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Dr. Dennis Twombly of NIAAA shows kids the “Drunken Brain” tent.
A middle-school student chases a beam of light while wearing distorting goggles during Brain Awareness Week.
A middle-school student holds the preserved brain of a 64-year-old.
Candace Corbin, NIMH research assistant, explains optical illusions.
Have you ever wondered how many hours a day your cat sleeps—or an elephant, guppy or bat? NIH’ers committed to bringing the magic of neuroscience to the middle school universe presented these and other brain-processing challenges to students during NIH’s Brain Awareness Week (BAW).
Groups of 5th, 6th, 7th and 8th graders from five area schools recently gathered at the National Museum of Health and Medicine at Walter Reed Army Medical Center for the 10th annual celebration of the week. Participating this year were the National Institute of Mental Health, which was the lead institute this year, the National Institute of Alcohol Abuse and Alcoholism, the National Institute on Drug Abuse, the National Institute on Aging and the National Institute of Neurological Disorders
Students spent the day visiting interactive scientific
demonstrations developed by enthusiastic
scientists. At the NIMH exhibit, kids were presented with a variety of optical illusions;
the youngsters were quick to discern the images were something other than what they seemed at first glance. The young audience
quickly identified the tricks behind architectural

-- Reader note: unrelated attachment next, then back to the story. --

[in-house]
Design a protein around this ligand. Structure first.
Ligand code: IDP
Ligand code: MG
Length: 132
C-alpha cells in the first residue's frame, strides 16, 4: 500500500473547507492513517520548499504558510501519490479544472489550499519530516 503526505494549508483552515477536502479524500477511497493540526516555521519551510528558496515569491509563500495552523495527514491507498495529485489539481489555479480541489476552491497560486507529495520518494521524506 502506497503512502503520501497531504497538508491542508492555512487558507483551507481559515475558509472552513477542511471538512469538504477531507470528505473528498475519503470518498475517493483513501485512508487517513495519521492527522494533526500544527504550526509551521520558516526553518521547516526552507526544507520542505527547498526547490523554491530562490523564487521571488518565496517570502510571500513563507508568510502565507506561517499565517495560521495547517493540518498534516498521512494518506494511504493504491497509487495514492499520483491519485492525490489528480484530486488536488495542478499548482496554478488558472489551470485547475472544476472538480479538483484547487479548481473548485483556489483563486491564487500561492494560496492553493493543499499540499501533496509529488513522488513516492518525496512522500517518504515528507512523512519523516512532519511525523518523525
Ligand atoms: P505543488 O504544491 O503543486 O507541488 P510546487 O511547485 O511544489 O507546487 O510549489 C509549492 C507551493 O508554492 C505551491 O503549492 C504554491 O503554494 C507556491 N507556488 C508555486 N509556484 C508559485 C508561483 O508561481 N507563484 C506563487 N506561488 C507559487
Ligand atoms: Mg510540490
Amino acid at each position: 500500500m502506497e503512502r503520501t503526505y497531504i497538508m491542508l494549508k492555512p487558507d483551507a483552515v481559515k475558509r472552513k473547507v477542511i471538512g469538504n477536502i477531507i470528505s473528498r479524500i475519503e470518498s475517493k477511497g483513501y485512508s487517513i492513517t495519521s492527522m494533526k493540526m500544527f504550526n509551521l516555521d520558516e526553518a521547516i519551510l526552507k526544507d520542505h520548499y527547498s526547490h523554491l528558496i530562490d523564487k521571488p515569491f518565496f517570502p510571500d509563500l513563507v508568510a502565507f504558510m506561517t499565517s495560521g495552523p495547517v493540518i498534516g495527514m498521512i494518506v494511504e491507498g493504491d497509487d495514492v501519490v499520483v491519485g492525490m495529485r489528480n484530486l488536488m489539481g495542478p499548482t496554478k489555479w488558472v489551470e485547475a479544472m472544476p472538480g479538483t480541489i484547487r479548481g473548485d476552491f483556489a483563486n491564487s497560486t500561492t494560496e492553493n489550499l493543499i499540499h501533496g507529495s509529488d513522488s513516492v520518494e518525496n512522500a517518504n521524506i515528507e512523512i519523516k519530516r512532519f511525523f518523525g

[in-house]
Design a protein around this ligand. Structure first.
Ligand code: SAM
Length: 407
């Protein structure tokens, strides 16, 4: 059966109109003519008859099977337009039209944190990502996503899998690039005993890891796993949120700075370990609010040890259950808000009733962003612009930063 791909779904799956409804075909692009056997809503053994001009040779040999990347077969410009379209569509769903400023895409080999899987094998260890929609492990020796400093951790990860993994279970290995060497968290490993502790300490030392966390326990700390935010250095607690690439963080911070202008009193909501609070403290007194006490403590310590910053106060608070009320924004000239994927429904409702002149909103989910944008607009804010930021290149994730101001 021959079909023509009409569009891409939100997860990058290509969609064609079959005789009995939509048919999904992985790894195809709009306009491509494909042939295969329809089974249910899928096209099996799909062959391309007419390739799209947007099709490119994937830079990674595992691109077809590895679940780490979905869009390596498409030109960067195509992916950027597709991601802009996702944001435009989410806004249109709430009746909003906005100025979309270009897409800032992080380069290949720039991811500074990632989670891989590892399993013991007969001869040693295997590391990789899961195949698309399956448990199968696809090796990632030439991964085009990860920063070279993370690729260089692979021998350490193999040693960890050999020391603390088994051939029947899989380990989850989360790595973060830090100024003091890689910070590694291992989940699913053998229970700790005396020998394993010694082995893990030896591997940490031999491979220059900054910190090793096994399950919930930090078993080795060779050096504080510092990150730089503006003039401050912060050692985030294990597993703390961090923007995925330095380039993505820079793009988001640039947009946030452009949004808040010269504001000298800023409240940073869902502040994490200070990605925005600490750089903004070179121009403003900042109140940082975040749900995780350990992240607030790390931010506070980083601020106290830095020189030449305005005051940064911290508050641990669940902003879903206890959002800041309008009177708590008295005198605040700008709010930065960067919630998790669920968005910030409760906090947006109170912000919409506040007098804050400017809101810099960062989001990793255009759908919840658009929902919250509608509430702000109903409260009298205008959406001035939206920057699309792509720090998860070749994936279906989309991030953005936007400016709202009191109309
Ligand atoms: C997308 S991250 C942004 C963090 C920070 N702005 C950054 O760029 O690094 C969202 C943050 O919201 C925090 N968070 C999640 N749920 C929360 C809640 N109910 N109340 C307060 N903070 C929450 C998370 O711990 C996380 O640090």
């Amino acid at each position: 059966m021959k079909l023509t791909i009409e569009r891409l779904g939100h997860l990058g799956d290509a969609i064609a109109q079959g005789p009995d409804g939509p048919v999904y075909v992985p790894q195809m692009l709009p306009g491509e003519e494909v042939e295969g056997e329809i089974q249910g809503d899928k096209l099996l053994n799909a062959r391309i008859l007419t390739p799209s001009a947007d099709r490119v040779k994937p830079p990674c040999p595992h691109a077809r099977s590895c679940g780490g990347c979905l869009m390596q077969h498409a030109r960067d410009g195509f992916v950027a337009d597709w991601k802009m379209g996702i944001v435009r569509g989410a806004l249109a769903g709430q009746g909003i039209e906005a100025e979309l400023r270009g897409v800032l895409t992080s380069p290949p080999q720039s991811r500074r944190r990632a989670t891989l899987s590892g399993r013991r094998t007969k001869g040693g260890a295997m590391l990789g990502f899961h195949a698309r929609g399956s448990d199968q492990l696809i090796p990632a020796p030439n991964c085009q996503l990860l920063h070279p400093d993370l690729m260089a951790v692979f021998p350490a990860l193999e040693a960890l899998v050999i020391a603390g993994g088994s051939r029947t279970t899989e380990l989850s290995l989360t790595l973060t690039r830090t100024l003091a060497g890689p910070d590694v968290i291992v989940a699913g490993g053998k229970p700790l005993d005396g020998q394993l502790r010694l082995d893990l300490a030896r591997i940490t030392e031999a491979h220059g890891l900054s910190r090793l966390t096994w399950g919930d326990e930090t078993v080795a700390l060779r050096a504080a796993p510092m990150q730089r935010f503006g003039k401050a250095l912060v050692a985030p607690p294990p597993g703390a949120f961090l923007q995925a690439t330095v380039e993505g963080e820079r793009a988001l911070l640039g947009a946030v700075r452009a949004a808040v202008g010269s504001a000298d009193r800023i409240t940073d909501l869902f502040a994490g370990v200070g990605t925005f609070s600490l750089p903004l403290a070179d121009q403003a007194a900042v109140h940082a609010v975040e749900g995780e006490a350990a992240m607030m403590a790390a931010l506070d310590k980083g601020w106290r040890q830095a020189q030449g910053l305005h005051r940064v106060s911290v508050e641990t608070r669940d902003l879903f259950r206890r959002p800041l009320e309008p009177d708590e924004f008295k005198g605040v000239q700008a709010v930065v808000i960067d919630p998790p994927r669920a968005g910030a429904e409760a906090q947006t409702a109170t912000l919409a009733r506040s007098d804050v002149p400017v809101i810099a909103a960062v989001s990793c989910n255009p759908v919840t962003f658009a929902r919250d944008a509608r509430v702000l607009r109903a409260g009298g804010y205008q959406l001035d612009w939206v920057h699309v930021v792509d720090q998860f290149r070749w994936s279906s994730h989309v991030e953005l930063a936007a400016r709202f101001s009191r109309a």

renderings with pillars in the wrong place and repeat images that appeared to be moving when actually still.
At the NIDA derby, students got to flex their mental muscles by squaring off in a quiz show format to provide quick responses to computer-
generated questions about the effects of drug abuse on the brain and body.
NIAAA’s Dr. Dennis Twombly, who has been involved in the celebration week since its inception, designed his exhibit to lure students
into an eerily lit tent where the centerpiece
was a 4-foot, lit-up version of the “Drunken Brain.” With the gigantic brain blinking wildly as a backdrop, Twombly explained how and why alcohol interferes with sensory perception, movement, balance and memory. To further emphasize the effects of alcohol on the brain, he aired a short video featuring a drunken rat trying to remember the location of a hidden platform.
Archie Fobbs, neuroanatomical collections manager for the National Museum of Health and Medicine, distributed frosted goggles that simulated alcohol’s ability to distort vision and hinder reaction time. He then challenged the students to attempt to touch a moving beam of light while wearing the glasses. The feat proved impossible, due to the distortion from the glasses. Darnea Sayles, who got to wear the glasses and attempted to catch the beam, said, “I see it but it’s not doing what I told it to do!” Fobbs was met with squeals of horror and delight when he capped off his show by passing
around a 64-year-old brain that has been preserved for 8 years.
Not only did the students enjoy the lighthearted
side of learning about the brain, but also they had the opportunity to question the NIH scientists. Whether or not neuroscience is in the kids’ future, this was an opportunity to have a dialogue with working scientists.
As the students boarded the bus, one was overheard saying, “Wow. Scientists get to play with cool toys. I want to be a scientist.” And in case you’re wondering, Dr. Jennifer Mehren of NINDS told the kids their cat sleeps 12 hours a day, an elephant sleeps 3.3 hours, a guppy
sleeps 7 hours and a bat clocks in at 19.9 hours, upside down.
BAW is an annual international partnership of government agencies, scientific organizations and university and volunteer groups organized by the Dana Alliance for Brain Initiatives, a nonprofit organization of more than 200 neuroscientists
dedicated to advancing education about the brain.